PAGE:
Ben Wallace accuses Rishi Sunak of ‘walking out the door’ and ditching the economy when he quit
Mr Sunak admitted he was the underdog in the battle for leadership but said he would fight for every vote.
And he was confronted by a party member in the audience who told him many people thought he had been ‘traitorous’ to Boris Johnson and had ‘stabbed him in the back’.
Mr Sunak replied that resigning was the right thing to do – and that he would be able to bring the party back together.
“Better High Schools”
Asked by host Nick Ferrari if he would bring grammar schools back, the former chancellor said: “Yes, as you heard from me earlier, I believe in excellence in education. I believe the education is the most powerful way to transform people’s lives.
“But I also believe we can do a lot in the school system as it is. It’s about reforming the system to get better grammars.”
Mr Sunak’s team later clarified that the comment was about “the expansion of existing high schools”.
High schools were a key part of the post-war educational establishment, with children across the country taking eleven and older to decide whether they would be admitted or rather attend the local modern high school.
But during the 1960s and 1970s, most parts of the country decided to become comprehensive, meaning children of different abilities all went to the same school.
In 1998, the Labor Party decided that no public secondary schools should be opened and existing schools were prohibited from introducing further selection by ability.
This means that there are only around 160 grammar schools left in England. The promise of Mr. Sunak to return to the selection could therefore presage a revolution in the English education system.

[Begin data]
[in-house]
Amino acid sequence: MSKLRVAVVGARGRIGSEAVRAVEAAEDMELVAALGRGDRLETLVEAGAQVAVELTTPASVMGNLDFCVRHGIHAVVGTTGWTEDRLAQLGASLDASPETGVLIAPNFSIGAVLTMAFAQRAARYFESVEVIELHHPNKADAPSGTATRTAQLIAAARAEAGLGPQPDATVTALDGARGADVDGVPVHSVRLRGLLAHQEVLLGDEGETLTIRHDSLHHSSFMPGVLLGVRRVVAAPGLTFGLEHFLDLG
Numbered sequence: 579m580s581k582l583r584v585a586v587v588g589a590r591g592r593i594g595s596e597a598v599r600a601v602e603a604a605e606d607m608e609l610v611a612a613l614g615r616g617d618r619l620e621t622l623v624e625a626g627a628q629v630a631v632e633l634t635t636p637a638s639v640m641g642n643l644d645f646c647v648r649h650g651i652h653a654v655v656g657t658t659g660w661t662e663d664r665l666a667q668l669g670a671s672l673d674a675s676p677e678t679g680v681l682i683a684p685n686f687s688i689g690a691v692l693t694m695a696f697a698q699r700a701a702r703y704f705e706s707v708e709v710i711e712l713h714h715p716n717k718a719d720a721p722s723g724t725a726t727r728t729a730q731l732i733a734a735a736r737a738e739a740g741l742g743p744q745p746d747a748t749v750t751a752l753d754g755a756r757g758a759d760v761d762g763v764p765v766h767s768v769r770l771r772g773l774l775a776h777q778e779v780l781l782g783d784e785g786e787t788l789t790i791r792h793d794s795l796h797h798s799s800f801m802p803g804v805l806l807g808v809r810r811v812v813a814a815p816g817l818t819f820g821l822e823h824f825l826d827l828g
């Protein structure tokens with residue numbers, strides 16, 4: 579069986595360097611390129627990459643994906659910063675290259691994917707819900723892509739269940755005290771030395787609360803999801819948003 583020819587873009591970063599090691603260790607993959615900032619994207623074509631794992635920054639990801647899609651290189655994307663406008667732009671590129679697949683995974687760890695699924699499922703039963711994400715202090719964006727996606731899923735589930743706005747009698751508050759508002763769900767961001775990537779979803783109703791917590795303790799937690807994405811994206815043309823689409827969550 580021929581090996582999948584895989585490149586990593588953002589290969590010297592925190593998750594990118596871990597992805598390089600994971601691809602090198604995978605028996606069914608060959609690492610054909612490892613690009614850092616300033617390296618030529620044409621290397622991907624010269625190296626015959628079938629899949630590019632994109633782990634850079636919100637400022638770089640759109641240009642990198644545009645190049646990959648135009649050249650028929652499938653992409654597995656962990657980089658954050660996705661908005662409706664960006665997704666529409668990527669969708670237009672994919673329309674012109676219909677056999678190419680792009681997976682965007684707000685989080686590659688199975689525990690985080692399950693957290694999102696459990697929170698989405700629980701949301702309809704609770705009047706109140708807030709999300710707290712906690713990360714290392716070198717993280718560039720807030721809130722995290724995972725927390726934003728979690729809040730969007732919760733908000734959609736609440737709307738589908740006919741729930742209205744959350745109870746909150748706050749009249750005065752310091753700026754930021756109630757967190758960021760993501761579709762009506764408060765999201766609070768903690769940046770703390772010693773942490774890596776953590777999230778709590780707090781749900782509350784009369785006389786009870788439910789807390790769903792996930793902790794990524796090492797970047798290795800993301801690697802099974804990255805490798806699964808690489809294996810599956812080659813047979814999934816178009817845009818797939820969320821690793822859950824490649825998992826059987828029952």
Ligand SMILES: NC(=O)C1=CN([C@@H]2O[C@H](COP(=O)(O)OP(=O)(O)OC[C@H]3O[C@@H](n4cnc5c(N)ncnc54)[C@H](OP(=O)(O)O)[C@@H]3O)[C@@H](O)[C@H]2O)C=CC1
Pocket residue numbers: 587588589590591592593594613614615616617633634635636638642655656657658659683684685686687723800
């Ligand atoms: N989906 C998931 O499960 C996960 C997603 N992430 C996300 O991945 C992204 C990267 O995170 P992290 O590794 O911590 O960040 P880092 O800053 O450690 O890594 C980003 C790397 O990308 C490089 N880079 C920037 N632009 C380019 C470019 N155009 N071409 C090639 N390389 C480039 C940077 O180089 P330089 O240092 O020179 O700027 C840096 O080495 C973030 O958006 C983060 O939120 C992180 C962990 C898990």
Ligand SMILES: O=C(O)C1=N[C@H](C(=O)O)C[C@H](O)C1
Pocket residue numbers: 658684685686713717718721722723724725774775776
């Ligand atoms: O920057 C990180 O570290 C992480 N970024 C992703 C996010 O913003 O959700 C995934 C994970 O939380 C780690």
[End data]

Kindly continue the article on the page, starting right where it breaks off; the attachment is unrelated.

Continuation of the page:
“You stabbed him in the back”
Matthew Dransfield, a 47-year-old business investment consultant from West Yorkshire, has challenged Rishi Sunak for stabbing Boris Johnson in the back.
He said on the live broadcast: “Rishi Sunak, you are a good salesperson and have many strong attributes, but many people continue to support Boris Johnson who has always delivered his services in dangerous waters.
“A lot of people unfortunately think you stabbed him in the back. Some people don’t want to see that in number 10.
“I’m not sure what planet you are on. How do you plan to lead the party in the next elections? »
Mr Sunak replied that he was “very grateful to the Prime Minister…I gave my all for this work”.
“For me personally, it got to a point where I couldn’t stay. I had a significant difference of opinion with him on how to handle the economic challenges ahead of us.
“And with a situation like that, there was absolutely no way for me to stay. I had no choice but to quit and I’m sad I had to, but that was the right thing to do and it was me acting on my principles.”
He said he “resigned because the Prime Minister and the Chancellor cannot be in a different place when it comes to economic policy”.
After the hustings, Mr Dransfield said the Prime Minister had been the victim of a ‘coup’ and MPs had ‘a very short memory and could not remember the success of Boris Johnson at very times difficult”.
“At the end of the day he was stabbed in the back by a number of MPs and we look at that and it’s a bit surreal,” he said.
Mr Dransfield, who said he would not vote for Mr Sunak but could support Ms Truss, said he still hoped the Prime Minister’s name could be added to the contest.
Revealing he had signed a petition calling for Mr Johnson’s reinstatement, he said: ‘A lot of Commons don’t understand that we shouldn’t have this silly competition.
“It’s not a good thing for this country at a time when we are facing huge problems around the energy crisis, the war.
“I hope Boris can end up on the ballot,” he said, describing the prime minister as “a step above” the two contenders.
He said Mr Sunak’s role in bringing down the Prime Minister should effectively rule him out of the leadership, adding: “I don’t think it’s possible to get over this act that he committed.
“I think it’s treacherous. It’s a terrible thing to do and it’s not a good thing for the country at the moment. Boris Johnson has won a landslide victory.
“He sparked something as I see it. Obviously there are a number of politicians who felt compromised but this herd movement, it’s a terrible thing.”